Access Academy, Portland's alternative program for Talented And Gifted students, spent the last few school years at the Rose City Park school building.

Access Academy, Portland’s alternative program for Talented And Gifted students, spent the last few school years at the Rose City Park school building.

Laura Klinkner/OPB

Portland Public Schools’ decision late last week not to move the Pioneer special school has reassured one group of parents while throwing another into limbo.

District officials decided it was too expensive and complicated to move Pioneer by next fall. Pioneer students and staff had been slated to move to at least two buildings: North Portland’s Applegate building, which houses a Head Start preschool program, and the Rice school building in Northeast Portland, which is primarily administrative offices.

The Pioneer program focuses on students with significant behavioral, medical and academic needs. Staff have relied on therapeutic settings and de-escalation areas, as well as special surfaces and bathroom facilities to serve elementary, middle and high school-aged children at Pioneer.

Ultimately, the district concluded that installing all the necessary improvements at Applegate, Rice — and possibly at a third site —would be too much to do in too little time.

PPS was also facing a lawsuit from Pioneer parents. The complaint on behalf of three disabled students at Pioneer argued the relocation plan violated the Americans with Disabilities Act.

The main reason PPS intended to move Pioneer was to turn over its buildings on the Holladay-Youngson campus to the ACCESS Academy for highly gifted students. It’s part of a bigger shuffle of schools in Northeast Portland involving students on five campuses. ACCESS’ current site, the Rose City Park school building, is a key cog in those changes.

ACCESS parents are well aware of the complicated set of dominoes they’re part of — and the uncertain fate of their program. They’ve been adamant about finding a long-term fit for not just the 300-plus students enrolled at ACCESS, but also the many qualified students who can’t attend due to limited capacity.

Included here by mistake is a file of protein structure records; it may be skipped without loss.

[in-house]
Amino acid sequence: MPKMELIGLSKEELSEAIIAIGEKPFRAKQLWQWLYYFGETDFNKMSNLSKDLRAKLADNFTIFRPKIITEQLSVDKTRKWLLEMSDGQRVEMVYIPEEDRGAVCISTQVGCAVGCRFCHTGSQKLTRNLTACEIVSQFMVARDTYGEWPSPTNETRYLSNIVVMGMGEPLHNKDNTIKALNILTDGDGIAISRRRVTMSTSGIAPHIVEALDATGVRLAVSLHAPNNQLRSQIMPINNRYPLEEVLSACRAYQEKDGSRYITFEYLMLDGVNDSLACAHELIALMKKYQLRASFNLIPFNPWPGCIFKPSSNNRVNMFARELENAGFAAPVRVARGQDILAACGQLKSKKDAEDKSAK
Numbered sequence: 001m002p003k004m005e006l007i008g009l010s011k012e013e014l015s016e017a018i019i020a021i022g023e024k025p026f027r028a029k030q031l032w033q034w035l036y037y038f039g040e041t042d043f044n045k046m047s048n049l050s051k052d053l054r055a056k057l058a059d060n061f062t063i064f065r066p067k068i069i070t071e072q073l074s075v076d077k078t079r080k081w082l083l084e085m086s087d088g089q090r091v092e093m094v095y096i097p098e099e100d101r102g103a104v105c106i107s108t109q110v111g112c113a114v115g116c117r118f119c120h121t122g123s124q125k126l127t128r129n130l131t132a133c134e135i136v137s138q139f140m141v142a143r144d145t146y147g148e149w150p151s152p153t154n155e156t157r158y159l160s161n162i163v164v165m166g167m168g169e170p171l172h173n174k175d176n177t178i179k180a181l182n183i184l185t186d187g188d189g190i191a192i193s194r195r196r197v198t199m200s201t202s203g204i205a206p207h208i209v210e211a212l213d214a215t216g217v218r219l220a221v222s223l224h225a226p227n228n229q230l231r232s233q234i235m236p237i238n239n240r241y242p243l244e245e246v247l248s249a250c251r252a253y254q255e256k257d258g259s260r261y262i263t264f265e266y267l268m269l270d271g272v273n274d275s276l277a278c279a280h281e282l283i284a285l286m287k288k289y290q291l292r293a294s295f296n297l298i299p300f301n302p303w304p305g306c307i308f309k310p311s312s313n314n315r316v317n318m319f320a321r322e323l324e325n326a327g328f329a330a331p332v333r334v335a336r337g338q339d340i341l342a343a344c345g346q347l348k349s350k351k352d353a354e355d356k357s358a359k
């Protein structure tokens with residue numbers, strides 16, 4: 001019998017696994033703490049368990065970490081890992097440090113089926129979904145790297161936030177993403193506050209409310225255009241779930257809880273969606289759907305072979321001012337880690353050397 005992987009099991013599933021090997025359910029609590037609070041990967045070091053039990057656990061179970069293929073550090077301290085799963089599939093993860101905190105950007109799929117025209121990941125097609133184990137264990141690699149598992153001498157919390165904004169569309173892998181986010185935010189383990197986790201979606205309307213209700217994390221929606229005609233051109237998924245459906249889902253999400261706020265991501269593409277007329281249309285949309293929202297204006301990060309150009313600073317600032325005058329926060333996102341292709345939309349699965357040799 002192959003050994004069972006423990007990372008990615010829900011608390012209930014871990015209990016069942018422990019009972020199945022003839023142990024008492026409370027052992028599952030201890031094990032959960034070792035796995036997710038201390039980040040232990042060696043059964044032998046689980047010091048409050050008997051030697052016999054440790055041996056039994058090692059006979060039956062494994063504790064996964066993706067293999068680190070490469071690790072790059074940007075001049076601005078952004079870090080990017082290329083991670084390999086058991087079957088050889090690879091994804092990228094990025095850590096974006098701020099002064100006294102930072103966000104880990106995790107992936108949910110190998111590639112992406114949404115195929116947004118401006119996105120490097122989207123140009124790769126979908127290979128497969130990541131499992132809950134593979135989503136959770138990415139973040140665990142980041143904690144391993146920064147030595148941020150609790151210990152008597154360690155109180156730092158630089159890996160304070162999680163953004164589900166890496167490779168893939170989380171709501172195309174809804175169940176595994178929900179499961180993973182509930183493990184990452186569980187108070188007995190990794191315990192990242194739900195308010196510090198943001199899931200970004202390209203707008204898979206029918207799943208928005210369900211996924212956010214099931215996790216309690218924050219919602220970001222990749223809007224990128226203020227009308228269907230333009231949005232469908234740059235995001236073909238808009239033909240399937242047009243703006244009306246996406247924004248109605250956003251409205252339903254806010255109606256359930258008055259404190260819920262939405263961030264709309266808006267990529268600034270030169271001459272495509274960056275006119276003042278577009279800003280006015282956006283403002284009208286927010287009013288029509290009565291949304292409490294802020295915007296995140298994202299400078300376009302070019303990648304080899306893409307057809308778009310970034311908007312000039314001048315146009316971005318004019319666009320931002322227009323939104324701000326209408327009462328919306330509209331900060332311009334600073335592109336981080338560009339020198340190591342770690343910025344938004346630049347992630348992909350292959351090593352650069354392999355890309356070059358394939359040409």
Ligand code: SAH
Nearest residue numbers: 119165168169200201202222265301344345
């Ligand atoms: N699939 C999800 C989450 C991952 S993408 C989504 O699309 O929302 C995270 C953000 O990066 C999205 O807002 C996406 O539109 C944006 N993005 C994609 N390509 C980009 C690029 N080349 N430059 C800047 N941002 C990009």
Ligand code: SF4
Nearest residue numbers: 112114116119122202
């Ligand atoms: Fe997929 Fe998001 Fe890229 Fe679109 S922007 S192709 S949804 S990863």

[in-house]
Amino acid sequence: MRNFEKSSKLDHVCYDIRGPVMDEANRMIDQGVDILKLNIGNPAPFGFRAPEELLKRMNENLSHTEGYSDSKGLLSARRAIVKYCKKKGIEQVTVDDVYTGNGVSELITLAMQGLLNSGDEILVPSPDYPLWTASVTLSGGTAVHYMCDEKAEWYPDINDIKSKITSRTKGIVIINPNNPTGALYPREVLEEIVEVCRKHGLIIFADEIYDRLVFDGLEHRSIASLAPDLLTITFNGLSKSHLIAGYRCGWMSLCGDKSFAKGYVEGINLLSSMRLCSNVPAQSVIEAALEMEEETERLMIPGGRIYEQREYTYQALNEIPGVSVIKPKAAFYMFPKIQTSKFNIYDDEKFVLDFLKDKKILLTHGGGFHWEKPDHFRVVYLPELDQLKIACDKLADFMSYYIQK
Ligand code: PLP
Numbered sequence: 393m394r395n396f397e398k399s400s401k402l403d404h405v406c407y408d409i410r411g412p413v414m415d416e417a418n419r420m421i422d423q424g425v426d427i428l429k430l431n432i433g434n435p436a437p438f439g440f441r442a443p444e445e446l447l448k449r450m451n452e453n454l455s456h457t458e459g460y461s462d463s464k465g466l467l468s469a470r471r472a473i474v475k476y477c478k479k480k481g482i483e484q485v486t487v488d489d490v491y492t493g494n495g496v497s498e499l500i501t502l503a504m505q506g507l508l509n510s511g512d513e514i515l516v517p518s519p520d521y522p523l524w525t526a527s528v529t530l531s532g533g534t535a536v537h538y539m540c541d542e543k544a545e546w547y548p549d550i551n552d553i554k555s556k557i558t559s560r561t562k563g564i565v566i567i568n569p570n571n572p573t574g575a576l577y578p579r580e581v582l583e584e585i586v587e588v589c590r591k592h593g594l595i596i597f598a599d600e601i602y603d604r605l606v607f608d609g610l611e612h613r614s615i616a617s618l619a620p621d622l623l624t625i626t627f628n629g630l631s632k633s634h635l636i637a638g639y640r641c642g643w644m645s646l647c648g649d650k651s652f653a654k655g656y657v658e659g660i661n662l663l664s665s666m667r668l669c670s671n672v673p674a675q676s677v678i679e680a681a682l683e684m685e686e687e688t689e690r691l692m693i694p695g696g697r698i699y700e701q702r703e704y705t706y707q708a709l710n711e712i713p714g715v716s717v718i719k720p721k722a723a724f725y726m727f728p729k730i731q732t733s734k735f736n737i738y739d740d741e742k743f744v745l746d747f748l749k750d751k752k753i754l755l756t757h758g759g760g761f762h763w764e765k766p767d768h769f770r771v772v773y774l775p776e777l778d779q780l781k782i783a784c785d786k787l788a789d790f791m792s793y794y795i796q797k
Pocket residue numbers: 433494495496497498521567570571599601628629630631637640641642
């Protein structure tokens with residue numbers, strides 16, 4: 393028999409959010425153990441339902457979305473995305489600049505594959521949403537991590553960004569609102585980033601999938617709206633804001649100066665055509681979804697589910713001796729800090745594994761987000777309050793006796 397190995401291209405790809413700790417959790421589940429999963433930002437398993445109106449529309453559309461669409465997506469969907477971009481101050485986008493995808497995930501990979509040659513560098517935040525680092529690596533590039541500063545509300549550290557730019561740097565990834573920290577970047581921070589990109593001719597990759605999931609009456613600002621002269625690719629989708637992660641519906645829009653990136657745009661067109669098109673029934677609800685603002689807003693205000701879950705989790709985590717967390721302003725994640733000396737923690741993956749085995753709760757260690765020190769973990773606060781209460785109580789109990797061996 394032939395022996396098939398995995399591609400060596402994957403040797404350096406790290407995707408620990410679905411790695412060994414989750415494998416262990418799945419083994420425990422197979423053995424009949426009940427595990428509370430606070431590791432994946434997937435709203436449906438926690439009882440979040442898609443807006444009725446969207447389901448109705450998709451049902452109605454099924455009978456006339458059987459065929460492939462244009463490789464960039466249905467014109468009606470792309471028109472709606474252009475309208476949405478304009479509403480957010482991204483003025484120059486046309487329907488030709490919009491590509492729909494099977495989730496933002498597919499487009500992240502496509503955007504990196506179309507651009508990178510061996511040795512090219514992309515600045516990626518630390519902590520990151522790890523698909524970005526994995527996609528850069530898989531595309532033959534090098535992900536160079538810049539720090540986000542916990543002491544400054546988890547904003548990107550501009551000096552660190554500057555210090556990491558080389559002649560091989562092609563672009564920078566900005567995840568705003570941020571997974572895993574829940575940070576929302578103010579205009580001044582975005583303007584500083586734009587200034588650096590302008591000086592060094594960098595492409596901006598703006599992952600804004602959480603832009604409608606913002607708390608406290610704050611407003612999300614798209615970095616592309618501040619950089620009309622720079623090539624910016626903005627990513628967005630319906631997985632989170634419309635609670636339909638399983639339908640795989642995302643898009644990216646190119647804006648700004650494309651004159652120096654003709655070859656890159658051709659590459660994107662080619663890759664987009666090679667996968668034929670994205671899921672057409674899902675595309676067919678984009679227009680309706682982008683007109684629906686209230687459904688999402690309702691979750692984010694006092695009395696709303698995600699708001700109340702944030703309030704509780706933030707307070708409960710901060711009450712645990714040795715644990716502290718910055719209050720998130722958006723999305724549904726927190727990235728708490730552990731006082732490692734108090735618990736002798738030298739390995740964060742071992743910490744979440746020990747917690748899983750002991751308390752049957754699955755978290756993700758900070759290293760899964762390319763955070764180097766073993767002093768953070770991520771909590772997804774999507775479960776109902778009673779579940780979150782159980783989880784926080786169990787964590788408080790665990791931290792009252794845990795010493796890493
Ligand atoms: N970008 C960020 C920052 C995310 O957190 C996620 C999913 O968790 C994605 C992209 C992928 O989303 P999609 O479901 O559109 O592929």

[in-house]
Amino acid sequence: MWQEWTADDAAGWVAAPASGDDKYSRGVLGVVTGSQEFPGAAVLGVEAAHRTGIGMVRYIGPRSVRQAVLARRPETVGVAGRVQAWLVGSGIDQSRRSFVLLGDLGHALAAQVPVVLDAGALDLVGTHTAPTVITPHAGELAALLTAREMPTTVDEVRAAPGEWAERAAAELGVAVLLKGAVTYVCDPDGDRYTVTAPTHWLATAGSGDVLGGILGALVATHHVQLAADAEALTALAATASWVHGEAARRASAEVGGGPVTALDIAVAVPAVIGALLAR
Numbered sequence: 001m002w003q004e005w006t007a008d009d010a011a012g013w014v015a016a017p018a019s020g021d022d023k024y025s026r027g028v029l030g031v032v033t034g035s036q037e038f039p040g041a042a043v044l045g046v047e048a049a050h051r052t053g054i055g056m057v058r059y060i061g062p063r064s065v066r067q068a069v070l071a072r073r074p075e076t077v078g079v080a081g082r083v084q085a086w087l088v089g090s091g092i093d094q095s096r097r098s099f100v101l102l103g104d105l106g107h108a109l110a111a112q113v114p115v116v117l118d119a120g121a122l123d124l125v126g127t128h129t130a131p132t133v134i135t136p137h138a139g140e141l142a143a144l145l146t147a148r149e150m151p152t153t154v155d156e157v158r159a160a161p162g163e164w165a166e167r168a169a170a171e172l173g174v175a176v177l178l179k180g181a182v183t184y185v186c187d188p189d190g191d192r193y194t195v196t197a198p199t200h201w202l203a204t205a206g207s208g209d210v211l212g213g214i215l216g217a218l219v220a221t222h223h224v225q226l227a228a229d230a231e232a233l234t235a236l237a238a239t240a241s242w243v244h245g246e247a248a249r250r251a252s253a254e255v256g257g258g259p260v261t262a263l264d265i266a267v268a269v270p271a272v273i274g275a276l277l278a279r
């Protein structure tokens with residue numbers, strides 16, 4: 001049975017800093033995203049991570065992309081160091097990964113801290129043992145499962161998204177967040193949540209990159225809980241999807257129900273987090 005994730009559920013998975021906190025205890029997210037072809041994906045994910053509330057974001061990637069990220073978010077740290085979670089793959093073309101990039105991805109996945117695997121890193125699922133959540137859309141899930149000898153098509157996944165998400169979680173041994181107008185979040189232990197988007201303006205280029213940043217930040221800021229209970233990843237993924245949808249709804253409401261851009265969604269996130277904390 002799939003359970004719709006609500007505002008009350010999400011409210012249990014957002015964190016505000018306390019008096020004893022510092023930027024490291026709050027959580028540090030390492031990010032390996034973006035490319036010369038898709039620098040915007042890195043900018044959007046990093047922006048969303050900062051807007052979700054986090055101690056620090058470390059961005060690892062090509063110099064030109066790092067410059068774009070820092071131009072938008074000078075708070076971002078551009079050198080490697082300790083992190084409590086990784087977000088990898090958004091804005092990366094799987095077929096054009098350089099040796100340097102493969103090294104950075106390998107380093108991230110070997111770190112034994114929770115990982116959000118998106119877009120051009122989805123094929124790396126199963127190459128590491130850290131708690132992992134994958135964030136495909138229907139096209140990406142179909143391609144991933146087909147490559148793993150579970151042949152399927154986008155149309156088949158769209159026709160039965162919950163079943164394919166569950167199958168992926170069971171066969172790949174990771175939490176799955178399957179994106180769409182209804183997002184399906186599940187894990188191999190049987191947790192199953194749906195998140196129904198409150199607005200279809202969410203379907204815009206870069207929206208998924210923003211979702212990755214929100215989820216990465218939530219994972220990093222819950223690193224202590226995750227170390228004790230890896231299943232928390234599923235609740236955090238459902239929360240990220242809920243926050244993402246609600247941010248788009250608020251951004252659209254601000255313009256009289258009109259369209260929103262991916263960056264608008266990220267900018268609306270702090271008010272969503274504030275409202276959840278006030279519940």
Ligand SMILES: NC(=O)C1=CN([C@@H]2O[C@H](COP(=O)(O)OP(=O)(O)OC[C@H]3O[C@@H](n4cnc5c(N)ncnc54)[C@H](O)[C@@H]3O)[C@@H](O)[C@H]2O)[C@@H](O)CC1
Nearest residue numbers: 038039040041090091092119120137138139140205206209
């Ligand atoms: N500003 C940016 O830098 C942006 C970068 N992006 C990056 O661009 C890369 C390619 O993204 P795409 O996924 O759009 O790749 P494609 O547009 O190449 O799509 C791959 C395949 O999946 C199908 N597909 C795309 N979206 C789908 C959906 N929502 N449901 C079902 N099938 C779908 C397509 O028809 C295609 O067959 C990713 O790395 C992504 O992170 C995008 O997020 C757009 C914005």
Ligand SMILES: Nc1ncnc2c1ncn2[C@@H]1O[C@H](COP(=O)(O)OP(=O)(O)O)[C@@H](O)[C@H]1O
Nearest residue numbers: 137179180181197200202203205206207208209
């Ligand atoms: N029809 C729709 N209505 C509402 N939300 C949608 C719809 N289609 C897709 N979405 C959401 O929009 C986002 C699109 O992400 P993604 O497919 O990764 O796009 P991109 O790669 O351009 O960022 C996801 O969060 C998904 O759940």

However, parents have expressed mixed feelings about moving to the Holladay-Youngson campus since the change was announced last fall.

“A lot of people are up in arms at ACCESS,” ACCESS parent Mark Keller told OPB in December, as he stood among Pioneer staff and parents at a rally against the proposed move. “They feel like what the superintendent has done to Pioneer is similar to what he had proposed at ACCESS initially.”

Keller is referring to a change PPS proposed last fall, which involved breaking up ACCESS and sending highly gifted students to multiple campuses across Portland.

Suspending the plan to move Pioneer now returns ACCESS Academy to an uncomfortable, yet familiar position, of uncertainty. 

Before Superintendent Guadalupe Guerrero’s quickly-abandoned plan to break up ACCESS, the alternative school was slated to take over the Humboldt school building in North Portland from the Kairos PDX charter school. But after pleas from local leaders, including Portland Mayor Ted Wheeler, PPS allowed Kairos to remain.

Counting the abandoned ACCESS break-up, the rescinded relocation to Humboldt and the suspended Pioneer move, the district is now working on its fourth plan for ACCESS since last fall.  And if the district wants to stick with its broader plan of restructuring its K-8 programs in Northeast Portland by this coming fall, it doesn’t have a lot of time to find a workable solution for ACCESS.

“The District is not ready to name any of the options under consideration for ACCESS, but leadership is very mindful of the compressed timeline created by the decision to leave Pioneer in place,” said PPS spokesman Dave Northfield.

PPS officials met with ACCESS representatives Monday, but no details emerged about possible options yet. 

PPS could try to find a temporary fix — a place to house ACCESS for one year. But that suggests trying to move Pioneer in a year, which would again face opposition from Pioneer parents and staff, and a reemergence of the federal lawsuit filed last week.

Guerrero could return to his idea of breaking up ACCESS. That might seem unlikely, given the public apology he issued and the school board’s vote to maintain the program.

Conversations have already begun on social media among parents in Northeast Portland about how to solve the ACCESS dilemma. One suggestion is to keep ACCESS where it is, at Rose City Park, and reassign neighborhood students to other surrounding schools to create more space for gifted students.